Photo by Wayne DeLisle

“Where did THAT horse go?” Brody exclaimed, “That horse that was pulling and tugging and bracing against you. Where did he go? Because that was a completely different horse!”

And he was right, from that point on I had a new Joey. We cantered a little course, stopped a second to focus on not contorting my body to get the lead which resulted in us cutting our corner, and continued on at a peaceful pace.

Today’s the Day

I knew our day was drawing to an end, but Brody wanted us all to land on an exciting note. “Have any of your horses jumped a liverpool before?” he asked as he bumped the once meter high fence down to a more Meagan appropriate height. I gulped as my friends Aly and Bre both said yes. Brody didn’t seem bothered by mine and Joey’s lack of experience and has us be the first pair to go.

It was the prime opportunity for me to be nervous about factoring in something new to our course, but I actually felt really confident. My horse felt fantastic beneath me, I was a bit tired but was high off of the progress we had made and felt like I could go on forever. Today was my day. As we nailed the bending line that would lead us to the outside line with the final fence being the liverpool, I wasn’t even thinking about the water jump ahead. I had a smile a mile wide on my face and just felt exhilarated by our growth that day.

Joey had his jumping shoes on that day! Photo by Wayne DeLisle

In true Joey fashion, he didn’t even look at the liverpool. He sailed over that last fence with ease and even had a nice little transition to the walk after. I couldn’t have been more proud. The entire morning was one big confidence boost. From starting on the flat and developing the horse I wanted over fences later in the day, to adjusting my position and jump position to allow for softer hands and seat, I felt the results of all of our small adjustments as we made our way around that last course. It was the best feeling in the world to dig down deep and work hard and later see the results of your efforts.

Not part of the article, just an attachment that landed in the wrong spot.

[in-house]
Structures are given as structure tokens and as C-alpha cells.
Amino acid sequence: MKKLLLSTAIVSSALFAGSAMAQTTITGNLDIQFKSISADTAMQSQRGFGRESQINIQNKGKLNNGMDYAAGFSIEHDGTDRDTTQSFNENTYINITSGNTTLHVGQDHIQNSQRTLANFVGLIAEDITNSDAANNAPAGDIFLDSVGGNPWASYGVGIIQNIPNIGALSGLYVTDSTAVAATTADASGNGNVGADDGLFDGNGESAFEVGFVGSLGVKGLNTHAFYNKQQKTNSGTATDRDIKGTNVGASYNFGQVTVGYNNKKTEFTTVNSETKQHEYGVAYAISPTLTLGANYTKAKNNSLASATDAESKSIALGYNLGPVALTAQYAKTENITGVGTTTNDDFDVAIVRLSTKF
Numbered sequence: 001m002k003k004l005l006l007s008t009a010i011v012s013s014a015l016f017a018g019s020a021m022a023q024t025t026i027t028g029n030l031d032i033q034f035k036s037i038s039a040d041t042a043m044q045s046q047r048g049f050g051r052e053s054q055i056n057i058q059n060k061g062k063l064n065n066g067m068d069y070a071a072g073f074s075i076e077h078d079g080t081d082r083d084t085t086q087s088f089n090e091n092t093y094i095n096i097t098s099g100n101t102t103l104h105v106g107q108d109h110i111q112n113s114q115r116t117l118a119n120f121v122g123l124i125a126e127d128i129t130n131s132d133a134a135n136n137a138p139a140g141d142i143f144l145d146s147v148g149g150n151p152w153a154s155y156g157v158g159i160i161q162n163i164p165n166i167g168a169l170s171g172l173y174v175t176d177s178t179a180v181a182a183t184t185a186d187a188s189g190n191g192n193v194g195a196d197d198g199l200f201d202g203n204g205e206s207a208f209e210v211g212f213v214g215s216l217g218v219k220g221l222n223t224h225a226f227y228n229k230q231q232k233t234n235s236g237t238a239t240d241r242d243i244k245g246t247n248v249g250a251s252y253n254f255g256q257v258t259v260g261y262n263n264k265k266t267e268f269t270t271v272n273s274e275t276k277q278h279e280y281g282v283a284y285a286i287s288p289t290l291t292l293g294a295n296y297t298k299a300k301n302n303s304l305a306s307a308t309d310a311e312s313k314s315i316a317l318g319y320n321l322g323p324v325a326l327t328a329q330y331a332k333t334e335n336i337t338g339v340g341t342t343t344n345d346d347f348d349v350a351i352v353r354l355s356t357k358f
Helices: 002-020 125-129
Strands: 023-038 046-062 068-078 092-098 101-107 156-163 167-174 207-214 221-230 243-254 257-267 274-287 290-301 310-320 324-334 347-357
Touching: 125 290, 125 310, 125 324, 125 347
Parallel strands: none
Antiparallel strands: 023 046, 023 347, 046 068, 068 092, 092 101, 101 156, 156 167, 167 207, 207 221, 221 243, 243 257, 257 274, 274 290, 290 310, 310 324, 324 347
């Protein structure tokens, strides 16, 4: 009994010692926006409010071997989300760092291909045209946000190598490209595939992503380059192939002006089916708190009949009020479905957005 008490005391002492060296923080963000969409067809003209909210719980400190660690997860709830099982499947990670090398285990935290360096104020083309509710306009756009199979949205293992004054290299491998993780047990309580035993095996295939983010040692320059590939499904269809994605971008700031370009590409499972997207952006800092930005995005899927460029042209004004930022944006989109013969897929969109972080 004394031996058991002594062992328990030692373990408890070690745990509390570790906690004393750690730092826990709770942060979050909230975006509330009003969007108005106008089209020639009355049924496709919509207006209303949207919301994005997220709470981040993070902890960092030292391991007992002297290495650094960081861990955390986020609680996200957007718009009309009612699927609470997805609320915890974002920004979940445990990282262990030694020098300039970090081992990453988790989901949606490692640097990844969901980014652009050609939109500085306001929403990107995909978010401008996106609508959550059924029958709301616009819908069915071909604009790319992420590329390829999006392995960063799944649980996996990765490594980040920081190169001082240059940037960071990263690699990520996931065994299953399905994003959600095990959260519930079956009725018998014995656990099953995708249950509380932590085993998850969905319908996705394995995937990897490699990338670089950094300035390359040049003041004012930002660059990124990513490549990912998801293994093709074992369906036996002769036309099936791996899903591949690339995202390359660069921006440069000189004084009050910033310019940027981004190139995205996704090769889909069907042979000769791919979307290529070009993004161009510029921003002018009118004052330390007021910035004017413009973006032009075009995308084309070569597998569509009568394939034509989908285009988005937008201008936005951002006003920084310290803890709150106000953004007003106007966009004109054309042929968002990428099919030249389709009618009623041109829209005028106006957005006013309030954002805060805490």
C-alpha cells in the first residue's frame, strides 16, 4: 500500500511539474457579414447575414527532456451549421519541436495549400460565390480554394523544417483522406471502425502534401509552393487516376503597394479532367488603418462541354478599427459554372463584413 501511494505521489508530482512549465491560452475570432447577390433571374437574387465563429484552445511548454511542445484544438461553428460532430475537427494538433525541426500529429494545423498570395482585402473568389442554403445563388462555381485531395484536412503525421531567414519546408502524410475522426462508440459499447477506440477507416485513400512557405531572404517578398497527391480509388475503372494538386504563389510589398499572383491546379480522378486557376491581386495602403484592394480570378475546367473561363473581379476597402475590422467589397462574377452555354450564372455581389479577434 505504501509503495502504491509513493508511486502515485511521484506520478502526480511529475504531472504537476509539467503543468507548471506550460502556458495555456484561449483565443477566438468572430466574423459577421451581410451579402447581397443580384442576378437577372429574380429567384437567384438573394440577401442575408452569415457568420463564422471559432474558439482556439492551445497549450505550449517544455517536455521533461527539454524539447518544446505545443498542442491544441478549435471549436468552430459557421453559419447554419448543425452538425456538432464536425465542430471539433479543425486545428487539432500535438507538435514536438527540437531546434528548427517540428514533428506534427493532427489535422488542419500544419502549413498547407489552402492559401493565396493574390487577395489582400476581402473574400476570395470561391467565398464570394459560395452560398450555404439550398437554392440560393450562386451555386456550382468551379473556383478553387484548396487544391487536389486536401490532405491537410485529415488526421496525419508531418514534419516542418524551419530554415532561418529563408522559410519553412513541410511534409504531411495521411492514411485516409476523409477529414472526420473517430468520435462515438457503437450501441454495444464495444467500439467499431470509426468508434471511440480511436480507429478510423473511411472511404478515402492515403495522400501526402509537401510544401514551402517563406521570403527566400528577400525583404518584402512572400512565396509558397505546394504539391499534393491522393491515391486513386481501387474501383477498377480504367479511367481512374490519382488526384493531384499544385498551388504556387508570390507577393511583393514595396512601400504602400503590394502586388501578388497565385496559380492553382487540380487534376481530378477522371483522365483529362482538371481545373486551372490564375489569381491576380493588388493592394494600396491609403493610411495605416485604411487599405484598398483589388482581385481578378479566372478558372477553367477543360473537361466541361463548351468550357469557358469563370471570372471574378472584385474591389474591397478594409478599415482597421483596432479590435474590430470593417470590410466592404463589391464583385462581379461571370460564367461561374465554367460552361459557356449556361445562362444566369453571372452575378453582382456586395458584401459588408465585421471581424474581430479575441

The Best Day with the Best of Friends

As I untacked Joey at the trailer I couldn’t wipe the grin off of my face. One icky show couldn’t keep me down. I had the horse of a lifetime on my side and all the time I was spending traveling back and forth to the barn and all of the side jobs I had picked up to afford this passion were most definitely paying off.

Plus, I got to enjoy a beautiful humidity-free day with two close friends on horseback- how can you NOT have a good time with that combination?

The day was only as good as the friends I shared it with! Photo by Wayne DeLisle

There was not one moment during that clinic that I was confused or felt out of place. Brody was an excellent instructor who helped summarize every lesson in a way that you could take home and continue to develop on. I’ll be back to ride with Brody in August, and until then, I plan on using all of his tips and tricks in my daily riding so that we return a more polished pair.

You can learn more about Brody Robertson by visiting the website for Altamonte Show Stable in St. Louis, Missouri, and also check out his world-class show jump designs at